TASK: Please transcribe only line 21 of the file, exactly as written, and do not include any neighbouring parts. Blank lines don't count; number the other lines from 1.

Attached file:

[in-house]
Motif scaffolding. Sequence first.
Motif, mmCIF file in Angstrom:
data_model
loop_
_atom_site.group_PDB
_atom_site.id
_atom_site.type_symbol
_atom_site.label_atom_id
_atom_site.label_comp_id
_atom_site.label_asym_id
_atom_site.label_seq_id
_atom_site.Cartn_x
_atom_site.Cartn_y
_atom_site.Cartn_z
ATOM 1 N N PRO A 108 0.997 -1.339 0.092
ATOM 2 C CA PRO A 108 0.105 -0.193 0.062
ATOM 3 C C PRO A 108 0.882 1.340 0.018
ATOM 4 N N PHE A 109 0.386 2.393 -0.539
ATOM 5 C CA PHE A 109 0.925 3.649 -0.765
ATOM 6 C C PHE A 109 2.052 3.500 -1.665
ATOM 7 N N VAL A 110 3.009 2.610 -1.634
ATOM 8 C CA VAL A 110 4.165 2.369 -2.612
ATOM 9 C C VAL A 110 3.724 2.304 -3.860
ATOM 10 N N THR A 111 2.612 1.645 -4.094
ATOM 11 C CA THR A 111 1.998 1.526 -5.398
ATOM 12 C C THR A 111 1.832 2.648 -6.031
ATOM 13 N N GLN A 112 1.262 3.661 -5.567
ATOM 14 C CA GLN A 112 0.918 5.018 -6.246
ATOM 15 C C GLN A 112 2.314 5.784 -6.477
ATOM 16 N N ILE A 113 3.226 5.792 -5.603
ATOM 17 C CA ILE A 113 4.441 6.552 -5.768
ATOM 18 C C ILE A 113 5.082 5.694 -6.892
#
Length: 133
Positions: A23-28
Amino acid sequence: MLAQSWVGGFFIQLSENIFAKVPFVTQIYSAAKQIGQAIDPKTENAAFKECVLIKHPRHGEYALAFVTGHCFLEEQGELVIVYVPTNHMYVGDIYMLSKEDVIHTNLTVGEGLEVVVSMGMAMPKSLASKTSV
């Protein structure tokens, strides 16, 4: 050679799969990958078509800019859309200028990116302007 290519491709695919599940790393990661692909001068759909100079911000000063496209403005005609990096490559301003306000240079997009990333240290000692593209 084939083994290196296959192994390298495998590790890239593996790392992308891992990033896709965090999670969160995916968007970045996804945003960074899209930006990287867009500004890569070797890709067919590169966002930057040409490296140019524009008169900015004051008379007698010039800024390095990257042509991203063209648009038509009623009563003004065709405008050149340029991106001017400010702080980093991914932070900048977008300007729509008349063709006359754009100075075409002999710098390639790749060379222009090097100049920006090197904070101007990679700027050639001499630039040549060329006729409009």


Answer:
ATOM 6 C C PHE A 109 2.052 3.500 -1.665